THE number of dwellings approved in November 2011 increased by 8.4 per cent, in seasonally adjusted terms, following a revised fall of 10.0 per cent in October, according to the Australian Bureau of Statistics (ABS).
The latest ABS Building Approvals data for November 2011 reveals that dwelling approvals increased for the month of November in Victoria (39.9 per cent), Queensland (6.6 per cent) and New South Wales (2.0 per cent), in seasonally adjusted terms.
However, Western Australia (-16.9 per cent), Tasmania (-7.9 per cent) and South Australia (-1.9 per cent) all recorded declines in dwelling approvals in seasonally adjusted terms.
In seasonally adjusted terms, approvals for private sector houses rose 4.8 per cent in November with rises in Victoria (13.0 per cent), Queensland (10.8 per cent), South Australia (2.3 per cent) and New South Wales (0.3 per cent), while Western Australia fell (4.9 per cent).
In November, the value of total building approved decreased 2.6 per cent in seasonally adjusted terms, following a decrease of 2.0 per cent in October. The value of residential building fell 2.7 per cent while non-residential building fell 2.5 per cent.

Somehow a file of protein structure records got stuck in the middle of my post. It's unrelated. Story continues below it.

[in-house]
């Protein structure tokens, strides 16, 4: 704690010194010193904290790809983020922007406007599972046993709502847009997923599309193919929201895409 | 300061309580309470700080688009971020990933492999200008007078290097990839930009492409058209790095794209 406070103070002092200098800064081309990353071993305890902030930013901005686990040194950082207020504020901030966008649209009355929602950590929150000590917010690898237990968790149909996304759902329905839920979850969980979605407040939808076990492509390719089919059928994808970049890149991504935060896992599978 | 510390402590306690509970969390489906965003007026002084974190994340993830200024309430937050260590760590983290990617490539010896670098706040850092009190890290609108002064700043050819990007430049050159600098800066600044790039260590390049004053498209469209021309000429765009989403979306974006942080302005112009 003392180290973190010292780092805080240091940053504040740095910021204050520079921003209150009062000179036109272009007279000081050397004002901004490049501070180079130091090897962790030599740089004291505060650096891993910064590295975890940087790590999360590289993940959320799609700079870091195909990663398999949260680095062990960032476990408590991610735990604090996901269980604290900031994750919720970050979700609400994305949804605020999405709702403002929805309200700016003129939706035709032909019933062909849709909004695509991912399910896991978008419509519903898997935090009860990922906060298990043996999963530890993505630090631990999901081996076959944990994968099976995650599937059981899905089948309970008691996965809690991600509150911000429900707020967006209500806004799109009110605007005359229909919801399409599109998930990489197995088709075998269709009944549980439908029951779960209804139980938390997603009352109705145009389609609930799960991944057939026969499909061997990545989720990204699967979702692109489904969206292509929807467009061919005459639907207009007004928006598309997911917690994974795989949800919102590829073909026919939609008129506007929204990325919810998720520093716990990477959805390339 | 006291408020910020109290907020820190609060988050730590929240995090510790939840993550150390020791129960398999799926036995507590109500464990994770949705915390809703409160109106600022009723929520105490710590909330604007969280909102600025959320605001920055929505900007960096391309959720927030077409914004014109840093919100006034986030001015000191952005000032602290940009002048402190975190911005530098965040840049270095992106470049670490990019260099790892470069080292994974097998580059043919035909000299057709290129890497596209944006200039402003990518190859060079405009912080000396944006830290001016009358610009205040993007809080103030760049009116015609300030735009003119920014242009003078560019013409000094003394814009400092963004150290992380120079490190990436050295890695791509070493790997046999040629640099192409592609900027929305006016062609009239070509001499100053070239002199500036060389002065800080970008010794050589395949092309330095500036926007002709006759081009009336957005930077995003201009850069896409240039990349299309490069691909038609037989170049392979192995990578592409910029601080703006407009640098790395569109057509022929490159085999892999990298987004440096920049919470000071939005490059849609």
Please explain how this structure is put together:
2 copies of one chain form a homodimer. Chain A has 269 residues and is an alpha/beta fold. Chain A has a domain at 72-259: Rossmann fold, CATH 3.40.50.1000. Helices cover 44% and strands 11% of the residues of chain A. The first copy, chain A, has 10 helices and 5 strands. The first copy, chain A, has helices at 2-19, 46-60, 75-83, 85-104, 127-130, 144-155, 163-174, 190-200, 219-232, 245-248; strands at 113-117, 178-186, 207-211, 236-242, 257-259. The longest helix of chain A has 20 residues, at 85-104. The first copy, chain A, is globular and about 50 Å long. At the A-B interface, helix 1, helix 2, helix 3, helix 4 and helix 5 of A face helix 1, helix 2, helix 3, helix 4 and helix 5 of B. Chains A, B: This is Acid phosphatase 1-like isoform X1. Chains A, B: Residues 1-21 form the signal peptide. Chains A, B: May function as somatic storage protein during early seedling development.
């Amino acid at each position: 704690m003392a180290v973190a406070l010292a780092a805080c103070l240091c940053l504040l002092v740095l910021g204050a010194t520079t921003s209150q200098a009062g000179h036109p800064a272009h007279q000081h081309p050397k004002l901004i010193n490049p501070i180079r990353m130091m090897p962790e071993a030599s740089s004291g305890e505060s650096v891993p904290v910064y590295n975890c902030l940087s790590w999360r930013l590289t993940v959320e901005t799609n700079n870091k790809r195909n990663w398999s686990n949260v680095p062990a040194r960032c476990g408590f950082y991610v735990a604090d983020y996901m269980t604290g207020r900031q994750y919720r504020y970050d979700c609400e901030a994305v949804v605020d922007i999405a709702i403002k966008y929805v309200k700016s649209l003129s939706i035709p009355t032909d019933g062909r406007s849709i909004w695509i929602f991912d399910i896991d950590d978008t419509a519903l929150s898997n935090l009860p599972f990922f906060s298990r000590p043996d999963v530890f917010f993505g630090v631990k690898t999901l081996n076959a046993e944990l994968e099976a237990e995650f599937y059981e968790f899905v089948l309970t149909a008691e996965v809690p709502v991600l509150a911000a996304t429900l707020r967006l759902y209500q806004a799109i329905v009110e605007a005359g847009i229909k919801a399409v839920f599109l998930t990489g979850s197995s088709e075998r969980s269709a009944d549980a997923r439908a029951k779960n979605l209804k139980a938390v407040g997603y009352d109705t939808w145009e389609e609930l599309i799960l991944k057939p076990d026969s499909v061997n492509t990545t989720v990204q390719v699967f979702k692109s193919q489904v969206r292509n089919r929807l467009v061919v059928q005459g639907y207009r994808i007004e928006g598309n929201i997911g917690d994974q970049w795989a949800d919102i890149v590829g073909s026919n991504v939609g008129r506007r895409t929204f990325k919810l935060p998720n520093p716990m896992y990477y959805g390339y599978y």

While increases in approvals were recorded for both detached houses and other dwellings in November 2011, HIA Senior Economist, Andrew Harvey, said the results come off a low base and that total approvals remain significantly down on a year earlier.
The Reserve Bank of Australia (RBA) cut interest rates in November but Mr Harvey said further rate cuts are "absolutely essential" to boost homebuyer confidence.
Master Builders Australia echoed the call for further rate cuts, with Chief Economist, Peter Jones, stating that despite the increase, the number of dwelling approvals is still down by nearly 20 per cent on a year ago.
"Builders are reporting falling sales and forward orders as consumer caution, European economic woes and difficulties accessing finance work against any recovery," Mr Jones said.
"With the immediate challenge to restore confidence and drive a private sector recovery, the building industry is banking on further rate cuts to help boost confidence and stabilise an uncertain market."